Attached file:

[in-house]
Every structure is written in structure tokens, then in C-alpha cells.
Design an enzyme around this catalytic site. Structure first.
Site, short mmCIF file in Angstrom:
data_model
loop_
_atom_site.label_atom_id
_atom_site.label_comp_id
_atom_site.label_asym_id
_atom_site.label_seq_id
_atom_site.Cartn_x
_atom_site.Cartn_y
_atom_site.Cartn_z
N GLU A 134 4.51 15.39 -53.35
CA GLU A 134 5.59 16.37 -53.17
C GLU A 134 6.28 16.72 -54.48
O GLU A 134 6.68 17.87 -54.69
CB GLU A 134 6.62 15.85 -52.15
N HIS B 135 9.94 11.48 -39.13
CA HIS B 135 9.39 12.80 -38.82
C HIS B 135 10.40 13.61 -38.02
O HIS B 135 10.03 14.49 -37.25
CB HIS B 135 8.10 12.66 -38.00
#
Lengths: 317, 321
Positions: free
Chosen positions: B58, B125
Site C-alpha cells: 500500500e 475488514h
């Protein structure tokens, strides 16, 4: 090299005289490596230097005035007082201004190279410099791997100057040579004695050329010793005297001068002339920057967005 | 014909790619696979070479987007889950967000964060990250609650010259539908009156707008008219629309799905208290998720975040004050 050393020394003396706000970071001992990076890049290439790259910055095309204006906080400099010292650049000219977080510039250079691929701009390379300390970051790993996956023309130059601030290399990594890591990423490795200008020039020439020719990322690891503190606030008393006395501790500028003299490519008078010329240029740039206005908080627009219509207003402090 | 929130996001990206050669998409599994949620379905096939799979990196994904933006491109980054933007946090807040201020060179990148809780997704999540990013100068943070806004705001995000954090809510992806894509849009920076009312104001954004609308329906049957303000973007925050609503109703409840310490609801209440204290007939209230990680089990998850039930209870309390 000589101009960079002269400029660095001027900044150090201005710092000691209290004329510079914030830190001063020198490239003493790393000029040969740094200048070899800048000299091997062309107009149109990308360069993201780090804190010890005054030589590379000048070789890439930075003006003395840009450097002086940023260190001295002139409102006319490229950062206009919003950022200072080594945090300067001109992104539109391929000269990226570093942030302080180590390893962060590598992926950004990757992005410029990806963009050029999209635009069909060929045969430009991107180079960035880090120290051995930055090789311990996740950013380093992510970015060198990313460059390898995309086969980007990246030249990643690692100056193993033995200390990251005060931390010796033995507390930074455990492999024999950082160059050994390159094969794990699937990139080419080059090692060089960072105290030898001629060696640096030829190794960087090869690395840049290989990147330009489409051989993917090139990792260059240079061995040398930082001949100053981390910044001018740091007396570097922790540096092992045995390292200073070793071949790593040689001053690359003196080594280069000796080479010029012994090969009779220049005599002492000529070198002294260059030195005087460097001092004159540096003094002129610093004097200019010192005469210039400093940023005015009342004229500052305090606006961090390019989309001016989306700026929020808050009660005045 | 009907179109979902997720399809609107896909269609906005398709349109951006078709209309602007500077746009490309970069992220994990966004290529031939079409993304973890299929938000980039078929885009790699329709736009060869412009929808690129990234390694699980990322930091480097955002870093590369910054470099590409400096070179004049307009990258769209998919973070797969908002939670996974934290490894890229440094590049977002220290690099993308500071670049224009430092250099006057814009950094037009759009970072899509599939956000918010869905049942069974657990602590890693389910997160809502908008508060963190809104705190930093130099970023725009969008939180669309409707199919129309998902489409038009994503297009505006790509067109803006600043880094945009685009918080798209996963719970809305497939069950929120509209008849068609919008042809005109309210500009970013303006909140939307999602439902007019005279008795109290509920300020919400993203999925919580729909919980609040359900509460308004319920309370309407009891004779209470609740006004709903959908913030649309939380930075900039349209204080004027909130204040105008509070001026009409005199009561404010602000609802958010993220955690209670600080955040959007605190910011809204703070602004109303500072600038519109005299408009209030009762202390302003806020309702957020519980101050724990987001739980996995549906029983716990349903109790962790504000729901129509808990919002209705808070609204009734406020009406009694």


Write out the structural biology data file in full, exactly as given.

[in-house]
Every structure is written in structure tokens, then in C-alpha cells.
Design an enzyme around this catalytic site. Structure first.
Site, short mmCIF file in Angstrom:
data_model
loop_
_atom_site.label_atom_id
_atom_site.label_comp_id
_atom_site.label_asym_id
_atom_site.label_seq_id
_atom_site.Cartn_x
_atom_site.Cartn_y
_atom_site.Cartn_z
N GLU A 134 4.51 15.39 -53.35
CA GLU A 134 5.59 16.37 -53.17
C GLU A 134 6.28 16.72 -54.48
O GLU A 134 6.68 17.87 -54.69
CB GLU A 134 6.62 15.85 -52.15
N HIS B 135 9.94 11.48 -39.13
CA HIS B 135 9.39 12.80 -38.82
C HIS B 135 10.40 13.61 -38.02
O HIS B 135 10.03 14.49 -37.25
CB HIS B 135 8.10 12.66 -38.00
#
Lengths: 317, 321
Positions: free
Chosen positions: B58, B125
Site C-alpha cells: 500500500e 475488514h
């Protein structure tokens, strides 16, 4: 090299005289490596230097005035007082201004190279410099791997100057040579004695050329010793005297001068002339920057967005 | 014909790619696979070479987007889950967000964060990250609650010259539908009156707008008219629309799905208290998720975040004050 050393020394003396706000970071001992990076890049290439790259910055095309204006906080400099010292650049000219977080510039250079691929701009390379300390970051790993996956023309130059601030290399990594890591990423490795200008020039020439020719990322690891503190606030008393006395501790500028003299490519008078010329240029740039206005908080627009219509207003402090 | 929130996001990206050669998409599994949620379905096939799979990196994904933006491109980054933007946090807040201020060179990148809780997704999540990013100068943070806004705001995000954090809510992806894509849009920076009312104001954004609308329906049957303000973007925050609503109703409840310490609801209440204290007939209230990680089990998850039930209870309390 000589101009960079002269400029660095001027900044150090201005710092000691209290004329510079914030830190001063020198490239003493790393000029040969740094200048070899800048000299091997062309107009149109990308360069993201780090804190010890005054030589590379000048070789890439930075003006003395840009450097002086940023260190001295002139409102006319490229950062206009919003950022200072080594945090300067001109992104539109391929000269990226570093942030302080180590390893962060590598992926950004990757992005410029990806963009050029999209635009069909060929045969430009991107180079960035880090120290051995930055090789311990996740950013380093992510970015060198990313460059390898995309086969980007990246030249990643690692100056193993033995200390990251005060931390010796033995507390930074455990492999024999950082160059050994390159094969794990699937990139080419080059090692060089960072105290030898001629060696640096030829190794960087090869690395840049290989990147330009489409051989993917090139990792260059240079061995040398930082001949100053981390910044001018740091007396570097922790540096092992045995390292200073070793071949790593040689001053690359003196080594280069000796080479010029012994090969009779220049005599002492000529070198002294260059030195005087460097001092004159540096003094002129610093004097200019010192005469210039400093940023005015009342004229500052305090606006961090390019989309001016989306700026929020808050009660005045 | 009907179109979902997720399809609107896909269609906005398709349109951006078709209309602007500077746009490309970069992220994990966004290529031939079409993304973890299929938000980039078929885009790699329709736009060869412009929808690129990234390694699980990322930091480097955002870093590369910054470099590409400096070179004049307009990258769209998919973070797969908002939670996974934290490894890229440094590049977002220290690099993308500071670049224009430092250099006057814009950094037009759009970072899509599939956000918010869905049942069974657990602590890693389910997160809502908008508060963190809104705190930093130099970023725009969008939180669309409707199919129309998902489409038009994503297009505006790509067109803006600043880094945009685009918080798209996963719970809305497939069950929120509209008849068609919008042809005109309210500009970013303006909140939307999602439902007019005279008795109290509920300020919400993203999925919580729909919980609040359900509460308004319920309370309407009891004779209470609740006004709903959908913030649309939380930075900039349209204080004027909130204040105008509070001026009409005199009561404010602000609802958010993220955690209670600080955040959007605190910011809204703070602004109303500072600038519109005299408009209030009762202390302003806020309702957020519980101050724990987001739980996995549906029983716990349903109790962790504000729901129509808990919002209705808070609204009734406020009406009694």